In 2008 the Royal Australian Mint released a second series (after the Ocean series) bringing colourful pad-printed designs to the standard 25mm, 9 gram aluminium bronze one dollar circulating coin size. The first releases of this Land Series (2008) were the Echidna, Rock Wallaby, Wombat and the Koala. This continued with the Bilby and Frilled Neck Lizard releases in 2009. This fun and vibrant dollar series presents appeal to younger collectors and incorporates fascinating native Australian animal facts. These reverse designs were all created by Sabina Foster. The coloured design is pad printed on a flat unstruck portion of the planchet with the "1 DOLLAR" and design background being struck on the coin. They all feature a proof obverse, the standard Ian Rank-Broadley effigy of Queen Elizabeth II. Released in an informative collector card these were issued at $14.95.
2008 Uncirculated Echidna
This dollar features the Australian native Short-Beaked Echidna snacking on it's favourite food, ants. It is a small spiny monotreme with long claws and a sticky tongue to collect ants and termites. It is found widespread throughout Australia. The Echidna lays eggs which hatch after 10 days and live in their mothers pouch for 50 days feeding on her milk. A baby Echidna is known as a puggle.
2008 Echidna One Dollar
2008 Uncirculated Rock Wallaby
A Yellow-footed rock wallaby sits comfortably on a rocky outcrop exposing his white underside, yellow forearms, feet and yellow striped tail on this coin design. These wallabies live in rock crevices and caves and can even climb sloping tree trunks. If sensing danger the rock wallaby will stomp the ground with it's hind leg as a warning.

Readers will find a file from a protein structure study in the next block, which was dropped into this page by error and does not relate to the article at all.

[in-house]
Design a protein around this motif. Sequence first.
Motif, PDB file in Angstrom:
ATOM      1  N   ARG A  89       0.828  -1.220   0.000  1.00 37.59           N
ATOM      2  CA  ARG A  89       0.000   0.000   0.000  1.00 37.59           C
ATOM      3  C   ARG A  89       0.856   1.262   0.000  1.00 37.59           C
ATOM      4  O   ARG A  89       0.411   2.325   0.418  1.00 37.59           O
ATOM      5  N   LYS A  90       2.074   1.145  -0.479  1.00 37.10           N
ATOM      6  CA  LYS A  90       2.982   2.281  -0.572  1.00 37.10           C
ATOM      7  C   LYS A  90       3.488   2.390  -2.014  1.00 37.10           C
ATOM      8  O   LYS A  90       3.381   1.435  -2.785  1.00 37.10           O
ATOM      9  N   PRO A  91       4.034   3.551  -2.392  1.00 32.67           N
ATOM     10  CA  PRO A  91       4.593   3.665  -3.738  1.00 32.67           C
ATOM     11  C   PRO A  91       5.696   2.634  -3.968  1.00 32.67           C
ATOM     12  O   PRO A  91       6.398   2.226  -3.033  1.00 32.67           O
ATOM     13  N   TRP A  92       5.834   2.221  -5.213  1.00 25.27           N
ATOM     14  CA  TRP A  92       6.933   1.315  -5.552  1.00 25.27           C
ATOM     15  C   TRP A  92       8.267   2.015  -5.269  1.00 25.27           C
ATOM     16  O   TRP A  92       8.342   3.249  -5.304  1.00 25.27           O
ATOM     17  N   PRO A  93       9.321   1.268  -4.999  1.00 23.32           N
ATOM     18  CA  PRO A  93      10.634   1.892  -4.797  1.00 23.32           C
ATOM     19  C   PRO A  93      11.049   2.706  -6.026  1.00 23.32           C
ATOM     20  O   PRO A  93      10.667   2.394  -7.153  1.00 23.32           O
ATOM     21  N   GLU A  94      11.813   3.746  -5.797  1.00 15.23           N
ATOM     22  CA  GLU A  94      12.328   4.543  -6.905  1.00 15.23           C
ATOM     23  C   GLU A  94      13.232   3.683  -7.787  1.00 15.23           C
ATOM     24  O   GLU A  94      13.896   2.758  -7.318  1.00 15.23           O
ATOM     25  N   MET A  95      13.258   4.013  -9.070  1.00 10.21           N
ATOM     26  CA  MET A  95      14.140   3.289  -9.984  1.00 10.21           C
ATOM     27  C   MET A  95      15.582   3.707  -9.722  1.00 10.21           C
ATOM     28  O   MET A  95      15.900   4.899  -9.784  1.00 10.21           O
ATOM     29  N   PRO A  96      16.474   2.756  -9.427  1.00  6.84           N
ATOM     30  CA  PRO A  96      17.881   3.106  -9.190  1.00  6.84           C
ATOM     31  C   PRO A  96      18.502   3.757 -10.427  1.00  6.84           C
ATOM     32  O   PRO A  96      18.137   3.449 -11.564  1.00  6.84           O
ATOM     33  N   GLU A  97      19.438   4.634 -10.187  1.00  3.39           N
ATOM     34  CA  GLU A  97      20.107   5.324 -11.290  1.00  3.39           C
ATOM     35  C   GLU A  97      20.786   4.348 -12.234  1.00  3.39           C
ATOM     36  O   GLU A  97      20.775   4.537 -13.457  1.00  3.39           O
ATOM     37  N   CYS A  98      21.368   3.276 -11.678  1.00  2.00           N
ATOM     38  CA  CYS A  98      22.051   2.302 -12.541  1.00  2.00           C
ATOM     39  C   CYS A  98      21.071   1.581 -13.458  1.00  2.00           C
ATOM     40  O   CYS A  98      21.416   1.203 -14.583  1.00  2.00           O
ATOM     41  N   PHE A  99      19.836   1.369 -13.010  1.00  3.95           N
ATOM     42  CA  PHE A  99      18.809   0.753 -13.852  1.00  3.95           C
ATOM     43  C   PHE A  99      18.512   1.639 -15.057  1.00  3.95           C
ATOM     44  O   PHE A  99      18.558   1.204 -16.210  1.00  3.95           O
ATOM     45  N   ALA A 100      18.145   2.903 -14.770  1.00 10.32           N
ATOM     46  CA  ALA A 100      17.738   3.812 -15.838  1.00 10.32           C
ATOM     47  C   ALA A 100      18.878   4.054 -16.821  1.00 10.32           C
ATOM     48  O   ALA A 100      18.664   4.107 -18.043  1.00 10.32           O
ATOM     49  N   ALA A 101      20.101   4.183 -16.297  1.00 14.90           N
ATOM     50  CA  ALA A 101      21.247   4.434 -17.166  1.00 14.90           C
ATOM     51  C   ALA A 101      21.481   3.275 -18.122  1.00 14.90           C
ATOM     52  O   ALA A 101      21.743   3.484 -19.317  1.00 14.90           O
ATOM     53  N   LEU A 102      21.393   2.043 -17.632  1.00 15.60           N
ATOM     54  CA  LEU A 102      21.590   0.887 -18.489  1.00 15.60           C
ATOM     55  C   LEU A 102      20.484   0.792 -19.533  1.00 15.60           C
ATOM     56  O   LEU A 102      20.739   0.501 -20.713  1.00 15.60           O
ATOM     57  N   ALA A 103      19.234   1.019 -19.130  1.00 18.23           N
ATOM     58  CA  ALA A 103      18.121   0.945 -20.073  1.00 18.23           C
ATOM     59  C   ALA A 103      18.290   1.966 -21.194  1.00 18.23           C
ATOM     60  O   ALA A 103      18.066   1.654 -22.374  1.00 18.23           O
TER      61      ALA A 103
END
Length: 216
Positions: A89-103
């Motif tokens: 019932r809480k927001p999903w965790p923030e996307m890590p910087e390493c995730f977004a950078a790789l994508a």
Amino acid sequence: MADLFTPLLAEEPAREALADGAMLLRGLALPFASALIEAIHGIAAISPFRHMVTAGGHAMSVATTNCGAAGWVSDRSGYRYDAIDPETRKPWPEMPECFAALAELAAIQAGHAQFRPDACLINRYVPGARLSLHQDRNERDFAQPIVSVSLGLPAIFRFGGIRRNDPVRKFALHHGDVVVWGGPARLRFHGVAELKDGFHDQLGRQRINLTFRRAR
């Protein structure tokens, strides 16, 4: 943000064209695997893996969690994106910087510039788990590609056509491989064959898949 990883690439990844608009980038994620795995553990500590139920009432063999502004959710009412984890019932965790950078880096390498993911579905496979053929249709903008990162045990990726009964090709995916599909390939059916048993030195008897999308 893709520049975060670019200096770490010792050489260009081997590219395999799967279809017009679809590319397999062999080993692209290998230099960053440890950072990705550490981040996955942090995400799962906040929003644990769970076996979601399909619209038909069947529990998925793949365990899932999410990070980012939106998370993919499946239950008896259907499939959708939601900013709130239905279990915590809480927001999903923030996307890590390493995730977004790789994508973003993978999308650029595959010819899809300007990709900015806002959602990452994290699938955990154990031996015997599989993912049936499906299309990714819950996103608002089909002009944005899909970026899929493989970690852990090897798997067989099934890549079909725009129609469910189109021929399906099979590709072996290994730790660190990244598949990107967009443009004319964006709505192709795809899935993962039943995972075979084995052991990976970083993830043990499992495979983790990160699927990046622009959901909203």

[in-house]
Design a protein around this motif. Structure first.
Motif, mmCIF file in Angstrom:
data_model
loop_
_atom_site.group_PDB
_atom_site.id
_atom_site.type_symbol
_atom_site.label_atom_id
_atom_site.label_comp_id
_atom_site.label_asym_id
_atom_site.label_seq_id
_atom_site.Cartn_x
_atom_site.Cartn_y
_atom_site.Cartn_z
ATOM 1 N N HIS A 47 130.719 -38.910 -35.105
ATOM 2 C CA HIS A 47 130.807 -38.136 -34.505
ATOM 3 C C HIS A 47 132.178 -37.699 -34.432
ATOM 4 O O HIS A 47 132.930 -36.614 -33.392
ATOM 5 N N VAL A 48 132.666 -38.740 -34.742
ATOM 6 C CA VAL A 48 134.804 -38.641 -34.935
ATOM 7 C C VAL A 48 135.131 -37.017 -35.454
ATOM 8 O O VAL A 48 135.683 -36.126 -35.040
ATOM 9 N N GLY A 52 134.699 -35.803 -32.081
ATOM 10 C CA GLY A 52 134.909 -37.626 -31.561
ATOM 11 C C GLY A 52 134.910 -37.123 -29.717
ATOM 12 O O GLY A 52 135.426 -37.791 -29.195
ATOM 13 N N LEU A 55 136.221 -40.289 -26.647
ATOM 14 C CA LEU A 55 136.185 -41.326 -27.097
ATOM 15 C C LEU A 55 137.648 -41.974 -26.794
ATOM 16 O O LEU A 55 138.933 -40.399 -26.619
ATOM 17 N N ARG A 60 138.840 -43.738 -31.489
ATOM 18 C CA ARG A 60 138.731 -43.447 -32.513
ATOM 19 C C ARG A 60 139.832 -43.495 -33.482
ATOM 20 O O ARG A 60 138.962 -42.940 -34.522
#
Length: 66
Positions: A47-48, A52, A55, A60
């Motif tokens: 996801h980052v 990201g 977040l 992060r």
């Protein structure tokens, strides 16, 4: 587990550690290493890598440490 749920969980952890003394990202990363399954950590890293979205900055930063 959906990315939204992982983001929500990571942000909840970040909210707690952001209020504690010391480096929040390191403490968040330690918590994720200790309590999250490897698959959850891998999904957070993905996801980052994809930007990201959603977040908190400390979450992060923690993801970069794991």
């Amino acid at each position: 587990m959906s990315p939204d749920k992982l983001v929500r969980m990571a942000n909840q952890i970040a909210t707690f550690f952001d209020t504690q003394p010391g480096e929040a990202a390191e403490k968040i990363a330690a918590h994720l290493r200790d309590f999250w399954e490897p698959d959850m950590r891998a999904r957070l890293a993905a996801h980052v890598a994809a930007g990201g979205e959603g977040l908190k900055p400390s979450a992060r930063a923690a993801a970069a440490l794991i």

2008 Rock Wallaby One Dollar
2008 Uncirculated Wombat
This common wombat is shown emerging from a hollow log. It is a stout, sturdy marsupial with a large blunt head, short muscular neck and stubby powerful legs. It's found in south-eastern Australia grazing on native grasses, sedges, herbs, bark and roots. The wombat is a powerful digger moving obstacles in their path. The female wombat's pouch faces backwards to protect their young from debris whilst digging.
2008 Wombat One Dollar
2008 Uncirculated Koala
The Koala is seen perched in the fork of a Eucalypt tree munching on gum leaves. They are fussy eaters preferring only specific types of gum leaves. Koala's have 2 thumbs on their front paws to help them grip when climbing and eating. Koala's are one of only a few mammals (apart from primates) that have unique fingerprints similar to ours.
2008 Koala One Dollar
2009 Uncirculated Bilby
The Bilby is seen sheltering next to some spinifex grass. The Bilby is a type of bandicoot with soft grey fur, large ears and a black and white-tipped tail. They can be found in mulga shrubland and spinifex grasslands from sw Queensland to northern WA. Bilbies eat seeds, insects, bulbs, fruit and fungi. They live in burrows and have poor eyesight relying on their sense of smell to forage for food.
2009 Bilby One Dollar
2009 Uncirculated Frilled Neck Lizard
The Frilled Neck Lizard is shown sitting on a log with the sun and outward radiating circles representing the hot tropical climate where this lizard is found. This Australian native animal (previously found on the 2c piece) is a camouflage colour with a bright neck frill which it displays when alarmed or sensing danger. It hunts in trees for insects and on the ground for termites, ants, spiders and smaller lizards.
2009 Frilled Neck Lizard One Dollar
Posted by harrisk at November 7, 2009 12:34 PM
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